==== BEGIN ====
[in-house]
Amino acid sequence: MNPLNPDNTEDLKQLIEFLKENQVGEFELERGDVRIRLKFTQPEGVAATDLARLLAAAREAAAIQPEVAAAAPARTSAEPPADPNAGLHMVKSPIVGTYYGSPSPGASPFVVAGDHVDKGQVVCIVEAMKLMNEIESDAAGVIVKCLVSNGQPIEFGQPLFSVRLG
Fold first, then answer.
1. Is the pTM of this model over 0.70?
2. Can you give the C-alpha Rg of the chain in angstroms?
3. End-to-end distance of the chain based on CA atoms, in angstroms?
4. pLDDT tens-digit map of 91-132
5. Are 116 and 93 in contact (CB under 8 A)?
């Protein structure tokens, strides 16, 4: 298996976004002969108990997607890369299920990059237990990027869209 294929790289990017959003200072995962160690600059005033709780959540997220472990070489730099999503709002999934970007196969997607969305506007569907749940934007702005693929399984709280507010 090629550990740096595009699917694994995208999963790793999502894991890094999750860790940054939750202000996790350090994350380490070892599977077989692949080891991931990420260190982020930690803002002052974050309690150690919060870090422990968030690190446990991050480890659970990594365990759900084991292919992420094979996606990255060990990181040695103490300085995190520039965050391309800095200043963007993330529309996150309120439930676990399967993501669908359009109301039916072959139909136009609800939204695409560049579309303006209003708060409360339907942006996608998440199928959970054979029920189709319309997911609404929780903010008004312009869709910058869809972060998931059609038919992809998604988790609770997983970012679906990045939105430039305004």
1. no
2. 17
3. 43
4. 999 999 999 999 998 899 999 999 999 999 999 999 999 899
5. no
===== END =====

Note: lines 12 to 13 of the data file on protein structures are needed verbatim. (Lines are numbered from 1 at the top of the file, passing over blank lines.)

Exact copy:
3. 43
4. 999 999 999 999 998 899 999 999 999 999 999 999 999 899